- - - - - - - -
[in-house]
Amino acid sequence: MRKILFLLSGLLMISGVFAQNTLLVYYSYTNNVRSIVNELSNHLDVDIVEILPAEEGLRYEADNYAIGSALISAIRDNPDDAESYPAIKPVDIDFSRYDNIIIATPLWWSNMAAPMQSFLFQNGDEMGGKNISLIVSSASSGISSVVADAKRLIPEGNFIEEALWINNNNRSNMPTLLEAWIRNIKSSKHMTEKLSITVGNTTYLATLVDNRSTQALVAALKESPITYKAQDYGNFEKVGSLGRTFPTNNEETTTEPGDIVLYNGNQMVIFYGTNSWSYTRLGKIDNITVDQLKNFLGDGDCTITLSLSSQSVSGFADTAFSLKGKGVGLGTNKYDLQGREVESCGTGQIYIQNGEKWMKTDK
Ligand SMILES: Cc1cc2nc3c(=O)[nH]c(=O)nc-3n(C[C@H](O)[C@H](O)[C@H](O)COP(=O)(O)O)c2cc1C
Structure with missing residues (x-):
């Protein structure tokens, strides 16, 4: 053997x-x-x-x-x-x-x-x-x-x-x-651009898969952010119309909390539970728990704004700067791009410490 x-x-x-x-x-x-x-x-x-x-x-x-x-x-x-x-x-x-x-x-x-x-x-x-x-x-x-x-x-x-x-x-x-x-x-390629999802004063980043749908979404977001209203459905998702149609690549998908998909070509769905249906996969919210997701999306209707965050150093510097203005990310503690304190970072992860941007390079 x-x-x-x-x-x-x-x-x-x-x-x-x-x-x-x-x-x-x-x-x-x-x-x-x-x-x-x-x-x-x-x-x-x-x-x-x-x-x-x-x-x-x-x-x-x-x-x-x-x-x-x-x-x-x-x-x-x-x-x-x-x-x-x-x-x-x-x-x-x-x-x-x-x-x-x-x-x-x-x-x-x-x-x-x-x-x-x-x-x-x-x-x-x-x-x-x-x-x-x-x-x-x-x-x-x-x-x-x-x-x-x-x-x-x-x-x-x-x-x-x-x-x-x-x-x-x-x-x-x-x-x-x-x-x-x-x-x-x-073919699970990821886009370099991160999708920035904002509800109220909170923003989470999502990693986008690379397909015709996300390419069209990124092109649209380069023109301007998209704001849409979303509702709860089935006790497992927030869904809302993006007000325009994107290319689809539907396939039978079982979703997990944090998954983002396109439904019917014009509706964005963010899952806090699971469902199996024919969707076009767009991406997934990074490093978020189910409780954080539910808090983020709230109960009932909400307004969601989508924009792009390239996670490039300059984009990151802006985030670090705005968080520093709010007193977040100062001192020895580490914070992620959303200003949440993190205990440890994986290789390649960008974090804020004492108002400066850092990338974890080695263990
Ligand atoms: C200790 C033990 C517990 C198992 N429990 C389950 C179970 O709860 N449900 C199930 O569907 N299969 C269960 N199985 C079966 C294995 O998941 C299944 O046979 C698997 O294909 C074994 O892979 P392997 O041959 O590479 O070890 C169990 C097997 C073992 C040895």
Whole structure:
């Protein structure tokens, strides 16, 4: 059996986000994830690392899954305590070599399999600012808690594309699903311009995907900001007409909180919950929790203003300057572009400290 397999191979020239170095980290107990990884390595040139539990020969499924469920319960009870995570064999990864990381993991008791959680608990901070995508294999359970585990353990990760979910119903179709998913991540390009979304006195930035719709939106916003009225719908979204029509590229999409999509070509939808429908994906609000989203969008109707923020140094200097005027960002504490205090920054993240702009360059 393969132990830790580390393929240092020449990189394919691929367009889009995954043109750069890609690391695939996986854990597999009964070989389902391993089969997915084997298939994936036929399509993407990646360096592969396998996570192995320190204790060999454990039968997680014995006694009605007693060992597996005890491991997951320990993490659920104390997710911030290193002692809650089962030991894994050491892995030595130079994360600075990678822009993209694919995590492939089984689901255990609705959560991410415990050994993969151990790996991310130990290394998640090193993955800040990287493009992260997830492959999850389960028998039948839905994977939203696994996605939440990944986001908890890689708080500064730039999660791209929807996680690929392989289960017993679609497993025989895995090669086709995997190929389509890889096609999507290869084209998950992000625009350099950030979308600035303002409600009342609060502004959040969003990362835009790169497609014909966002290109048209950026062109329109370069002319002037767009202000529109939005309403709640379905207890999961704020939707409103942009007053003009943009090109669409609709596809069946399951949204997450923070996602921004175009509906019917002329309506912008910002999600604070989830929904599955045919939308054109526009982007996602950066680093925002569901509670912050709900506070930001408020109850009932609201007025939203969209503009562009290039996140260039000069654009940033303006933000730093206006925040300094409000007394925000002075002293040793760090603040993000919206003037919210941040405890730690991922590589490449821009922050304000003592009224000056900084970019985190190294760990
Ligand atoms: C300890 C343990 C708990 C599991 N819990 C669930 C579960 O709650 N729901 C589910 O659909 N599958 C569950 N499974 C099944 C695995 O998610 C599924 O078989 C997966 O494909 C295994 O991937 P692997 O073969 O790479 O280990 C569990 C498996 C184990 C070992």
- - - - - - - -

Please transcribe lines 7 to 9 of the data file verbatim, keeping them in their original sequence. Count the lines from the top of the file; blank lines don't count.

Whole structure:
């Protein structure tokens, strides 16, 4: 059996986000994830690392899954305590070599399999600012808690594309699903311009995907900001007409909180919950929790203003300057572009400290 397999191979020239170095980290107990990884390595040139539990020969499924469920319960009870995570064999990864990381993991008791959680608990901070995508294999359970585990353990990760979910119903179709998913991540390009979304006195930035719709939106916003009225719908979204029509590229999409999509070509939808429908994906609000989203969008109707923020140094200097005027960002504490205090920054993240702009360059 393969132990830790580390393929240092020449990189394919691929367009889009995954043109750069890609690391695939996986854990597999009964070989389902391993089969997915084997298939994936036929399509993407990646360096592969396998996570192995320190204790060999454990039968997680014995006694009605007693060992597996005890491991997951320990993490659920104390997710911030290193002692809650089962030991894994050491892995030595130079994360600075990678822009993209694919995590492939089984689901255990609705959560991410415990050994993969151990790996991310130990290394998640090193993955800040990287493009992260997830492959999850389960028998039948839905994977939203696994996605939440990944986001908890890689708080500064730039999660791209929807996680690929392989289960017993679609497993025989895995090669086709995997190929389509890889096609999507290869084209998950992000625009350099950030979308600035303002409600009342609060502004959040969003990362835009790169497609014909966002290109048209950026062109329109370069002319002037767009202000529109939005309403709640379905207890999961704020939707409103942009007053003009943009090109669409609709596809069946399951949204997450923070996602921004175009509906019917002329309506912008910002999600604070989830929904599955045919939308054109526009982007996602950066680093925002569901509670912050709900506070930001408020109850009932609201007025939203969209503009562009290039996140260039000069654009940033303006933000730093206006925040300094409000007394925000002075002293040793760090603040993000919206003037919210941040405890730690991922590589490449821009922050304000003592009224000056900084970019985190190294760990
Ligand atoms: C300890 C343990 C708990 C599991 N819990 C669930 C579960 O709650 N729901 C589910 O659909 N599958 C569950 N499974 C099944 C695995 O998610 C599924 O078989 C997966 O494909 C295994 O991937 P692997 O073969 O790479 O280990 C569990 C498996 C184990 C070992």